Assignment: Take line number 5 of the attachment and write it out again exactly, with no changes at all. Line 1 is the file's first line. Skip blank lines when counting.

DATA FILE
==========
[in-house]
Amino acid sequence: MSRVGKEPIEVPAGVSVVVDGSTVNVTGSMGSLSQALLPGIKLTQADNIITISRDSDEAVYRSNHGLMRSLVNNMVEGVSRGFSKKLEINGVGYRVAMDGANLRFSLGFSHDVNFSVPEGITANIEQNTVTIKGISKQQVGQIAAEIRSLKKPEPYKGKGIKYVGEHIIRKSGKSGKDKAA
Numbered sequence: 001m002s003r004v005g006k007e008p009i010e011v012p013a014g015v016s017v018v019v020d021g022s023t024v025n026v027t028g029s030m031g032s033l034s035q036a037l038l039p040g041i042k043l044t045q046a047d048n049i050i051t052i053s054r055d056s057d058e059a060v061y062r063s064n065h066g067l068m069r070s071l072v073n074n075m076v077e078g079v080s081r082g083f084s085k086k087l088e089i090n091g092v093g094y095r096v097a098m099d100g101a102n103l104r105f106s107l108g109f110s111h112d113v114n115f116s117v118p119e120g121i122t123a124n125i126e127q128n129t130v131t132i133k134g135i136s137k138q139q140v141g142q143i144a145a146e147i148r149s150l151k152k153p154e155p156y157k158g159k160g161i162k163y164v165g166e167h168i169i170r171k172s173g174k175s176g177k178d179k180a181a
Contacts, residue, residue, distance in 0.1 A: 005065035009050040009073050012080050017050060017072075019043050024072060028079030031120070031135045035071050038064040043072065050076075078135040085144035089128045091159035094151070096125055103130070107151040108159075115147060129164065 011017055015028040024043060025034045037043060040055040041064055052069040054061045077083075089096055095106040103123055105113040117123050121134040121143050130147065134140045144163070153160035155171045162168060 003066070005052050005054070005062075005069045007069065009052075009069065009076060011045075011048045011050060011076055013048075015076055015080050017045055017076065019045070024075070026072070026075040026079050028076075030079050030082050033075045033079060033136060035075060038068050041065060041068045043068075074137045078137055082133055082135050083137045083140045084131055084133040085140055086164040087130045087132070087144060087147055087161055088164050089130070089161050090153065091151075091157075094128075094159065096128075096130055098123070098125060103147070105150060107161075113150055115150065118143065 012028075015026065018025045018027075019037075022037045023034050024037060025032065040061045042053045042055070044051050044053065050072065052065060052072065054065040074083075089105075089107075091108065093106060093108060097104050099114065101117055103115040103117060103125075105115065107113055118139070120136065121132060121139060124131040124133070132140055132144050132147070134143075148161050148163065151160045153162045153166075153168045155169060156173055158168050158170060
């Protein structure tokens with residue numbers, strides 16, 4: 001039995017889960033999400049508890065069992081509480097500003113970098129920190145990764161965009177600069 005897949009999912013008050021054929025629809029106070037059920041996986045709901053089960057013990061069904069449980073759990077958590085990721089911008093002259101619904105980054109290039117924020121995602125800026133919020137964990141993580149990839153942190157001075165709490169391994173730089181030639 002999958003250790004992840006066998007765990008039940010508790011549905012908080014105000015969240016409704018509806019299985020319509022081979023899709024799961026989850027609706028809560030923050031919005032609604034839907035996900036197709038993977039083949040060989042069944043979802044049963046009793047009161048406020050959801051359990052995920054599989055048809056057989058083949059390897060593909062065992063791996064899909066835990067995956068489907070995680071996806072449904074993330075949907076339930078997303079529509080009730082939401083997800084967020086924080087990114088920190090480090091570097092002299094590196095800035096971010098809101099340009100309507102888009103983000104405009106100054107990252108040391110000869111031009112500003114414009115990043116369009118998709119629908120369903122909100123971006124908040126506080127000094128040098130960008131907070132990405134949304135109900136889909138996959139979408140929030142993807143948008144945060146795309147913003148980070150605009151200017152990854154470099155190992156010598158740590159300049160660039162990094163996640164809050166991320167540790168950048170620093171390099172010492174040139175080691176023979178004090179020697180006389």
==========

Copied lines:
């Protein structure tokens with residue numbers, strides 16, 4: 001039995017889960033999400049508890065069992081509480097500003113970098129920190145990764161965009177600069 005897949009999912013008050021054929025629809029106070037059920041996986045709901053089960057013990061069904069449980073759990077958590085990721089911008093002259101619904105980054109290039117924020121995602125800026133919020137964990141993580149990839153942190157001075165709490169391994173730089181030639 002999958003250790004992840006066998007765990008039940010508790011549905012908080014105000015969240016409704018509806019299985020319509022081979023899709024799961026989850027609706028809560030923050031919005032609604034839907035996900036197709038993977039083949040060989042069944043979802044049963046009793047009161048406020050959801051359990052995920054599989055048809056057989058083949059390897060593909062065992063791996064899909066835990067995956068489907070995680071996806072449904074993330075949907076339930078997303079529509080009730082939401083997800084967020086924080087990114088920190090480090091570097092002299094590196095800035096971010098809101099340009100309507102888009103983000104405009106100054107990252108040391110000869111031009112500003114414009115990043116369009118998709119629908120369903122909100123971006124908040126506080127000094128040098130960008131907070132990405134949304135109900136889909138996959139979408140929030142993807143948008144945060146795309147913003148980070150605009151200017152990854154470099155190992156010598158740590159300049160660039162990094163996640164809050166991320167540790168950048170620093171390099172010492174040139175080691176023979178004090179020697180006389």